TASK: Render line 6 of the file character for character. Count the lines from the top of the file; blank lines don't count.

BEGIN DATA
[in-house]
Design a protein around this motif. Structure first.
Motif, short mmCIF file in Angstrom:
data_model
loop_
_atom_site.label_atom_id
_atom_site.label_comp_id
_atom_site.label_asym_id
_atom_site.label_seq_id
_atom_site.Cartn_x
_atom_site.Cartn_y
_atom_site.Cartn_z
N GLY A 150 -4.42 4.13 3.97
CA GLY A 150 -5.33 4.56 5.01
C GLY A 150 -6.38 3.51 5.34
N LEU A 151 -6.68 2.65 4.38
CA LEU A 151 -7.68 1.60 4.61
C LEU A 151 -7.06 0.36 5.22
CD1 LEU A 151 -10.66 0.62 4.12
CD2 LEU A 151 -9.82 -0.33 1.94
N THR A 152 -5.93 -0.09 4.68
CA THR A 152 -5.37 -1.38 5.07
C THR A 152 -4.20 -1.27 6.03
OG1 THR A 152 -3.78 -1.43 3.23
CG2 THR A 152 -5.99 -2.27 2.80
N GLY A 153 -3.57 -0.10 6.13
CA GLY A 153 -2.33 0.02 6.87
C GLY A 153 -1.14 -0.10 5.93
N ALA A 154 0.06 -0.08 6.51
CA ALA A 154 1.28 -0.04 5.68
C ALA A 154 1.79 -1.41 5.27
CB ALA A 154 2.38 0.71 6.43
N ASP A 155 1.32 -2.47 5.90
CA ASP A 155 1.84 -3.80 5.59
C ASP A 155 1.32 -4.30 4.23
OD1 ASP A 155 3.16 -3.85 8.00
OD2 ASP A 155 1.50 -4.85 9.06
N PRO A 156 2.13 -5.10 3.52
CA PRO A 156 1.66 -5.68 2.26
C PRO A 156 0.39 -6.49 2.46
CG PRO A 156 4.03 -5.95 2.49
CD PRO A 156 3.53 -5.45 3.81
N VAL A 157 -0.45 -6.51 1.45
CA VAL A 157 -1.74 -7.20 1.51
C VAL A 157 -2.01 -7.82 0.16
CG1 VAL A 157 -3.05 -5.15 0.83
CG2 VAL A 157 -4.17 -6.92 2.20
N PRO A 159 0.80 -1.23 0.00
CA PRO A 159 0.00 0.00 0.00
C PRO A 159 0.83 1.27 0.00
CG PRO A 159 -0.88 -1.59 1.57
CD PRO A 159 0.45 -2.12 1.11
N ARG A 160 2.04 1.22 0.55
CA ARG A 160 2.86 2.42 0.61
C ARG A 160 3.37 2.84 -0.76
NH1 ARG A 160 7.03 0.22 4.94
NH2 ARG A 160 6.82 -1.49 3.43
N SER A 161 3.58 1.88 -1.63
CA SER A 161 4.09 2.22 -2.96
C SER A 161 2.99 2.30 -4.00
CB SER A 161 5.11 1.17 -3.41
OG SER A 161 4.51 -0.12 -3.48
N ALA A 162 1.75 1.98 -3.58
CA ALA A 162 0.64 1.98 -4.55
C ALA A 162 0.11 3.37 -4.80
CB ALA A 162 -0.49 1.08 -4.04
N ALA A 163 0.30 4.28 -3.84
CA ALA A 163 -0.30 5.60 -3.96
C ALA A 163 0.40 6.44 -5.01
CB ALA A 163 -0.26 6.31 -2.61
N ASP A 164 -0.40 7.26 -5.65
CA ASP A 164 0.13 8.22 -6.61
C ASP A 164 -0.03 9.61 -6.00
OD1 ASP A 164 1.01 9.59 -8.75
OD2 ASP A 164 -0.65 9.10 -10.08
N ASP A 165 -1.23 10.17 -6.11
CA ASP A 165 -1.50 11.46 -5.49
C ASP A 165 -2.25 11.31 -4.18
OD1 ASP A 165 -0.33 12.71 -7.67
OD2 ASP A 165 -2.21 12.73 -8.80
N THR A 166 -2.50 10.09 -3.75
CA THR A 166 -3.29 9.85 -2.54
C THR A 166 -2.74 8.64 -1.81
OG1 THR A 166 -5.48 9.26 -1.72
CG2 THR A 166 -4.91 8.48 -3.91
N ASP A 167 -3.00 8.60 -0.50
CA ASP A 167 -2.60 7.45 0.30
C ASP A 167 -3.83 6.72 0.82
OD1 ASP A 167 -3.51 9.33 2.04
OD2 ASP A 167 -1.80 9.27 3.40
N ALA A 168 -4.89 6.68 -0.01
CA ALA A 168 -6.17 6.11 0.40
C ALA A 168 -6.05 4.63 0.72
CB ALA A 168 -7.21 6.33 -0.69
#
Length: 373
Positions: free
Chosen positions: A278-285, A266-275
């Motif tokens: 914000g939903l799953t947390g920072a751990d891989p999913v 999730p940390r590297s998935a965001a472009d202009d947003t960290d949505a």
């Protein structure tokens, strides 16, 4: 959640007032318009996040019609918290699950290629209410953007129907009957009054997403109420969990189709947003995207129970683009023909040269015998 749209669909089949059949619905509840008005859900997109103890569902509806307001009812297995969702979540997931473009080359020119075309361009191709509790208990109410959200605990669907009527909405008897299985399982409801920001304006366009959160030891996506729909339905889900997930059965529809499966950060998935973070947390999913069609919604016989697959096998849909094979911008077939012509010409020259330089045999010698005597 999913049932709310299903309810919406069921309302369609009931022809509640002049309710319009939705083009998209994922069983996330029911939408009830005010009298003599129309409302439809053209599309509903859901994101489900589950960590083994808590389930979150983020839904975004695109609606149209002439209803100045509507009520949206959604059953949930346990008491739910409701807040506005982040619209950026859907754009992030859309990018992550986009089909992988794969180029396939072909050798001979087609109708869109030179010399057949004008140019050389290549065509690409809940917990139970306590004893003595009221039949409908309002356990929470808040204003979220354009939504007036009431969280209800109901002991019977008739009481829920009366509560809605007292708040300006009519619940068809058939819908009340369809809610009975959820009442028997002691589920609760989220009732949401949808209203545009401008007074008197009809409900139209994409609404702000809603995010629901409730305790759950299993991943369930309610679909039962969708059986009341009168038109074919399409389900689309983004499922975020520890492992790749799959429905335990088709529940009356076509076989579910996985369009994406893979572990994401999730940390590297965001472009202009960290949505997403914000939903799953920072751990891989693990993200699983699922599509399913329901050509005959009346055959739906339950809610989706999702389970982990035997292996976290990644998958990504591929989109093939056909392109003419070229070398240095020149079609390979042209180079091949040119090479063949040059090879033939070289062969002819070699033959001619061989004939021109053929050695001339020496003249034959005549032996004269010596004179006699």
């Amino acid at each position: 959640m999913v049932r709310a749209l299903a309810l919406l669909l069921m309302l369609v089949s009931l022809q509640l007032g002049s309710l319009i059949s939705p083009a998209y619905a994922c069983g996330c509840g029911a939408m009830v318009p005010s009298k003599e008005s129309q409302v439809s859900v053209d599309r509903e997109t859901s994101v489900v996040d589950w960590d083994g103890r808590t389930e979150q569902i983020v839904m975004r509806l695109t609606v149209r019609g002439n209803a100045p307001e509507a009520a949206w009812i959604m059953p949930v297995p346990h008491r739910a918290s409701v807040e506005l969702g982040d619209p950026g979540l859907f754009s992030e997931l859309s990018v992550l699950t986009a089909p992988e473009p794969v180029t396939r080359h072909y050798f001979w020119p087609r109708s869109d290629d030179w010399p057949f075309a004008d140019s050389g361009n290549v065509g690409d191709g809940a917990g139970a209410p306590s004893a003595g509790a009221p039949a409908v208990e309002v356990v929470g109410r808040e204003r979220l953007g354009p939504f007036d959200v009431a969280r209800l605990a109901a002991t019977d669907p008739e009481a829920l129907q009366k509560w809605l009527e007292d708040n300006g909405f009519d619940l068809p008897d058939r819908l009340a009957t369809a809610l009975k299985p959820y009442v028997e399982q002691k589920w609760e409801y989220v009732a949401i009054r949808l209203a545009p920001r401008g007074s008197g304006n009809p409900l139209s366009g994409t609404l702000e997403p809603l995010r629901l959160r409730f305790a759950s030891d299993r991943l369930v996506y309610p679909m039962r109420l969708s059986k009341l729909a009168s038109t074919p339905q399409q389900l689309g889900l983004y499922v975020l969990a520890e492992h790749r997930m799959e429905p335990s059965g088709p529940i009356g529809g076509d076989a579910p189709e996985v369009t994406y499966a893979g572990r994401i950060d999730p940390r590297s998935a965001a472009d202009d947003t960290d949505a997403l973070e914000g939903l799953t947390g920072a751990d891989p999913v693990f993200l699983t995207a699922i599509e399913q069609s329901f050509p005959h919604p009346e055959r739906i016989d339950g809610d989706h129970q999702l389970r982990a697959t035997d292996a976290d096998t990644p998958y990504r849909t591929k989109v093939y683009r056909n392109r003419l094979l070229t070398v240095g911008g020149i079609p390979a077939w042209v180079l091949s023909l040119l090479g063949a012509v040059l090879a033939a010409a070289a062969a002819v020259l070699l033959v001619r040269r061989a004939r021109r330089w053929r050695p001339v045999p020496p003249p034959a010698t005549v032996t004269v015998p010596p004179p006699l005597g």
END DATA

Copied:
_atom_site.label_atom_id